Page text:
Christians face persecution in China and North Korea where religious freedom is strictly monitored. The preaching and practice of Christianity in these countries during the 1990s or early 2000s was punishable by death so people stay away from it like a curse.
Rev. Han Chung-Ryeol, a Chinese pastor of Korean descent, was among China’s most-wanted list because of his ministry of God’s teachings on the border town of Changbai. He has been sharing his Christian faith since the early 1990s and didn’t fear persecution.
The reverend spread his reach to North Korea through Sang-chul, a North Korean. In the documentary “The Voice of the Martyrs,” Sang-chul recalled he met the Rev. Han when he snuck the mountain border into China to search for food.
Rev. Han offered to sell the mushrooms he collected and even gave him money. Over the next two years, the two developed a close bond and one day, the pastor revealed himself as a Christian to Sang-chul, which scared him because he learned from primary school that missionaries are terrorists.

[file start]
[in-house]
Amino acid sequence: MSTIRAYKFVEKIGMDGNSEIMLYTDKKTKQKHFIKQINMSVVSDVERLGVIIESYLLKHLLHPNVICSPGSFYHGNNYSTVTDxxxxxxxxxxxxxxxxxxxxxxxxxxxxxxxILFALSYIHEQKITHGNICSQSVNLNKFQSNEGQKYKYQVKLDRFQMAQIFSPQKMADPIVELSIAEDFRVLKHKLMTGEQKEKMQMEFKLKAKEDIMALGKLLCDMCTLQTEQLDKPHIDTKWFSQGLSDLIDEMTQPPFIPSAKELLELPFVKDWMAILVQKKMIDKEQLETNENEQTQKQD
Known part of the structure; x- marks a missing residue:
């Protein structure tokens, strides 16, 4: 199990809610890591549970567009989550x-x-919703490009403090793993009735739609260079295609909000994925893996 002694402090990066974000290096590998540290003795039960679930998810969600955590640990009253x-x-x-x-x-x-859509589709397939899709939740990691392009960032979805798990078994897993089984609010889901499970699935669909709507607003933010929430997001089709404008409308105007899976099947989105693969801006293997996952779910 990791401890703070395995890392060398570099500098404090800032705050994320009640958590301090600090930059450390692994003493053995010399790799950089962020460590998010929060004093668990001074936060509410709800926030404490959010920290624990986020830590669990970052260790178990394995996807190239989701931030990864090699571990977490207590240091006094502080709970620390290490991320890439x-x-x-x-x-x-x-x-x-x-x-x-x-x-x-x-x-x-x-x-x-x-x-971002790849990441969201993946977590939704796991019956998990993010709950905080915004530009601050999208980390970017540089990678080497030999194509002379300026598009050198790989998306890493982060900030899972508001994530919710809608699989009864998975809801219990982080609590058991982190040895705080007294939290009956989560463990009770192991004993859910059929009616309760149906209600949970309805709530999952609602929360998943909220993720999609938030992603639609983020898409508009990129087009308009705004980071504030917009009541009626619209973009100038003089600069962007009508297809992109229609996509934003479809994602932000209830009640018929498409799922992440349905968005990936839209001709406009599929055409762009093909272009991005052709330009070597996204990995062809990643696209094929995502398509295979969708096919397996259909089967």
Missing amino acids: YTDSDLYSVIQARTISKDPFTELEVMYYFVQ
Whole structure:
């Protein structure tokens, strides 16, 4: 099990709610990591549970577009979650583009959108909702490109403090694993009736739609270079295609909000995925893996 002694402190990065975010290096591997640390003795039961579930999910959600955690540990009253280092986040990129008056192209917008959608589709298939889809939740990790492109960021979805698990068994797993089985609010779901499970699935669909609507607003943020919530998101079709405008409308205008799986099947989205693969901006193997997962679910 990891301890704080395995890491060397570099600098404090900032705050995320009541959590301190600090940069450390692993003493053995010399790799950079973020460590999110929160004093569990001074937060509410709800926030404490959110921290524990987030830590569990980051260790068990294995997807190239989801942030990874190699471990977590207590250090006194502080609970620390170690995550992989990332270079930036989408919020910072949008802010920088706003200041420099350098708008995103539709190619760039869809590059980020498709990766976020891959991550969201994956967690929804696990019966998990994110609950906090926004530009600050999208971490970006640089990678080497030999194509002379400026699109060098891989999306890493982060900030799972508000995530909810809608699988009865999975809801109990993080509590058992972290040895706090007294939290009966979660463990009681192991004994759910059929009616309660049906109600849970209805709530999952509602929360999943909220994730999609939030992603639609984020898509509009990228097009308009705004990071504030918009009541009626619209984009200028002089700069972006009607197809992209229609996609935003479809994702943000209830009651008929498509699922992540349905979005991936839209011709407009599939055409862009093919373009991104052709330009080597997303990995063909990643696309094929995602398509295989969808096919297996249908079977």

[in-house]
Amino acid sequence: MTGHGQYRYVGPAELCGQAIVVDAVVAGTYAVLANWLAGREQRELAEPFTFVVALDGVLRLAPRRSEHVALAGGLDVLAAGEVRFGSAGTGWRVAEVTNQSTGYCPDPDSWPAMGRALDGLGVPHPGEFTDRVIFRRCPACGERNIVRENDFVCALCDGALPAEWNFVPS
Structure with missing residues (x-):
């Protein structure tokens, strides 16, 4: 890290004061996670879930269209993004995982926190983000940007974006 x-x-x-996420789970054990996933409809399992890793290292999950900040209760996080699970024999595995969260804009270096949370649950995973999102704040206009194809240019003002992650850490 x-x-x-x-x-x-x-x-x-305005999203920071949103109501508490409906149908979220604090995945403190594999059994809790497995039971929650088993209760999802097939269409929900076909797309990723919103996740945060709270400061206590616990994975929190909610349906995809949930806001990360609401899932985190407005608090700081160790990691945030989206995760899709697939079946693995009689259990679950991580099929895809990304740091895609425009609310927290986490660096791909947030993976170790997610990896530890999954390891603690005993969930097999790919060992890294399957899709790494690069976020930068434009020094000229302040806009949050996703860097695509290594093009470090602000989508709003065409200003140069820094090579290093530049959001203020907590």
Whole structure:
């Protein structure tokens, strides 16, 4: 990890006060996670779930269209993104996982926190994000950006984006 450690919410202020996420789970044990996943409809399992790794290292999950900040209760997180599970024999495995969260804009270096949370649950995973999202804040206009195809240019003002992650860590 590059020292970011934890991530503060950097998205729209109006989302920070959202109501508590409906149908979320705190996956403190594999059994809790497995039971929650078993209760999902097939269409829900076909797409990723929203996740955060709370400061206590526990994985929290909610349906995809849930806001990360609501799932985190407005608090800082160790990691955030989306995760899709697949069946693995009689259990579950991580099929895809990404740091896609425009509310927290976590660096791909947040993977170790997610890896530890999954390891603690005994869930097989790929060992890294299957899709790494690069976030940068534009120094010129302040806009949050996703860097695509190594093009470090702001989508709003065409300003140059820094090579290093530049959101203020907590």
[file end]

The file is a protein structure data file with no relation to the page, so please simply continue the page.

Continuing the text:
“They told us that a missionary will be nice to you at first, but when they get you into their homes, then they will kill you and eat your liver,” Sang-chul says in the video.
However, it was their faithful meeting that led Sang-chul to discover the Christian faith and to dismiss everything he learned from school about it. Rev. Han continued to preach Christianity to him and even uttered the word “Hananim” or “God,” which Sang-chul says at the time was “an act of treason.” The reverend told him that “God is real. There is hope for every person.”
Sang-chul’s journey to his newfound faith happened after he asked for a Bible and shared the gospel with his wife and best friend. The scriptures gave them hope. Sadly, reverend Han was executed by North Korean assassins on April 30, 2016, but not before he has shared his Christian faith with more than 1000 North Koreans.
Now, Sang-chul wants to honor the pastor’s memory and his ministry by continuing his mission. Despite the fear, he says he will continue to spread the gospel and share his Christian faith. Sang-chul hopes that his sacrifice “will be worthwhile, just like it was for Pastor Han.”